• The law is only selectively enforced. Adware/spyware companies help launder billions of dollars every year. Unless they step on the toes of someone in a particular position of power there's no fear that a band of /. readers are going to hire an attorney to track them down and sue them. Politicians won't sue them because then Wall Street would pull funds. Wall Street won't sue them because it helps them launder funds. The regulators won't sue them because they are beholden to the politicians. The attor
  • Kill em all (Score:4, Insightful)

    by bogie (31020) on Friday December 10, 2004 @09:32PM (#11057471) Journal
    I don't care if God sorts them out.

    As I type this I'm about to finally sit down for a movie after spending hours on yet on spyware/adware infested PC. I'm just tired of it. As much as I hate those scumbags who put out adware etc I have to once again question. What the fuck was Microsoft thinking waiting until summer 2004 to deal with the problem? Oh and the other 50% of Windows users on this planet who are not running XP with SP2? They're just as screwed now as they were before.
    • Oh and the other 50% of Windows users on this planet who are not running XP with SP2? They're just as screwed now as they were before.

      Well I don't run it on half of my machines because they have so many programs the installer doesn't complete. But I do install all other updates as soon as they come in. I would guess a lot of the "smarter people" who don't run SP2 also have this probllem. But of course there is the stupud 47.5%

    • All of Microsoft's flaws, security holes, bugs, etc., are specifically designed to create and maintain an aftermarket for technical support.
  • Talk, talk, talk. (Score:3, Insightful)

    by BillX (307153) on Friday December 10, 2004 @09:37PM (#11057509) Homepage
    "Abram [Direct Revenue] recently backed that claim with a letter to Congressman Joe Barton of Texas urging passage of H.R. 2929, "The Spy Act," a bill that would require adware companies to get explicit permission from users to place software onto their machines and to allow users to easily uninstall those programs. Abram says his company and the industry have not met this goal yet, but they are moving in the right direction."

    Really, does it take more effort to write a letter to a congressman, or to add one sentence to the beginning of an EULA? Or to code, for that matter? Here guys, let's make life easy on you:

    /* Super secret proprietary adware code - please don't steal and copy into your own software */

    wantmalware=Application->MessageBox("I would like to spy on you, slow your PC and pop ads in your face all day long. Is this OK?", NULL, MB_YESNO);

    My poor little fingers, they are cramping up already.
  • give me a break (Score:2, Insightful)

    by tempny (602740)
    According to the article, these companies are "working" on making their glorified viruses less intrusive and easy to uninstall. Amazingly, the article never points out just how bullshit this is. Anyone who has ever worked on commercial software knows that it is trivial to let the user remove your program (automated installshield or something of the sort). Even if you don't want to bother with that, the user should always be able to just kill the process and delete the executables. However, it's certainl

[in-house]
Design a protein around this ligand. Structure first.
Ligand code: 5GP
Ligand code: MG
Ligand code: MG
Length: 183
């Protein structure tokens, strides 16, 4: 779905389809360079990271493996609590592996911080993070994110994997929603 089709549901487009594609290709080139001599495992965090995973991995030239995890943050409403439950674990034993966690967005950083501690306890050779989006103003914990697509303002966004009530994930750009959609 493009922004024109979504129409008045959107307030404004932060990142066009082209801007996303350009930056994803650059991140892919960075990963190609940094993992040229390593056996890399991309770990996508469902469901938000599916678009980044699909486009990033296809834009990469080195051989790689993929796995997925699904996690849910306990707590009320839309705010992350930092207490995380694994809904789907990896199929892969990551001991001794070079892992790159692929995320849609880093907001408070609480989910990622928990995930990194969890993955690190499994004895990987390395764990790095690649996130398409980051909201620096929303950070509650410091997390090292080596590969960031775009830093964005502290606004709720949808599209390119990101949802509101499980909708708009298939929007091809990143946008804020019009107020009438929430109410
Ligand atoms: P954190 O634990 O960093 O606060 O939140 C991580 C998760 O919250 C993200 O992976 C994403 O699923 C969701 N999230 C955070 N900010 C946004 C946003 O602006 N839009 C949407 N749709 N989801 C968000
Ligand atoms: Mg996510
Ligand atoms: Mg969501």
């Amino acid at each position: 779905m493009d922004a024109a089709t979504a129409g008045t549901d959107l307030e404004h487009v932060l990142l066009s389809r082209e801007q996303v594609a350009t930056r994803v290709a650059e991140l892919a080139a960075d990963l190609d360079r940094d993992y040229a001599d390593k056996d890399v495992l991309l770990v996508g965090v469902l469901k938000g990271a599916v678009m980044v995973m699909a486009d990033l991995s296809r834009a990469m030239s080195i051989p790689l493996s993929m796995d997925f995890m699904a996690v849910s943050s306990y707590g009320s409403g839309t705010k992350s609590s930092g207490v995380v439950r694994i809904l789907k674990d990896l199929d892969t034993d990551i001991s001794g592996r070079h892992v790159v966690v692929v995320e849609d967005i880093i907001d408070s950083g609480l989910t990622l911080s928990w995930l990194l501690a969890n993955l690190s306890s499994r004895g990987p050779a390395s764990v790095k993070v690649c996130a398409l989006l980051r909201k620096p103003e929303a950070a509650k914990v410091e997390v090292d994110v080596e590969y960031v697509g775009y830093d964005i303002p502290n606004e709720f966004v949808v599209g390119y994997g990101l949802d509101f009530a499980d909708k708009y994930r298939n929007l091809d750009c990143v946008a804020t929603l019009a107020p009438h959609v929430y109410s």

• Do they really think, given the costs and benefits clearly laid out, that any consumer would choose to install adware?
  • What if all these adware/spyware/malware companies had been smart and hired people that wrote good software, that didn't slow down amd mess up the host computers. They'd be a much bigger threat. Good thing they're (after) dumbasses.
  • but you can go after those that advertise with them. Same for SPAM. If we were to pass laws allowing individuals to go after the companies making money from the practices, we would see them largely dissapear. Enough of this BS, go after the root of the problem.
  • No matter ho hard I try, I just can't install their software!
    axlotl@atlatl ~ $ sudo emerge -pv OfferOptimizer.com

    These are the packages that I would merge, in order:

    Calculating dependencies
    emerge: there are no ebuilds to satisfy "OfferOptimizer.com".

    axlotl@atlatl ~ $
  • by Tuxedo Jack (648130) on Saturday December 11, 2004 @05:02AM (#11059044) Homepage
    Ad-Aware/VX2 Plugin can't get the new VX2 strain. It can't even be removed manually as of yet.

    These little bastards are the older brother of CWS, and they've got legitimate backing to do their dirty work.

    If you se any HOSTS entries for IEAUTOSEARCH, you're infected - gat Lavasoft's VX2 plugin and hope for the best.
  • Dash.com raised $50 million on this idea from venture capitalists such as AT&T Ventures and the JPMorgan Investment Corp. Now it was preparing to give any leftover cash back to investors and slink off into the dot-com void.

    How many .com companies were in this exact same place? Forget the party line about the middle east, or 9/11, or anything else... _THIS_ is what caused the recession. _THIS_ is what the media won't tell you about the SEC. Those regulators saw this coming 5 years away. They knew w

Aren't you glad you're not getting all the government you pay for now?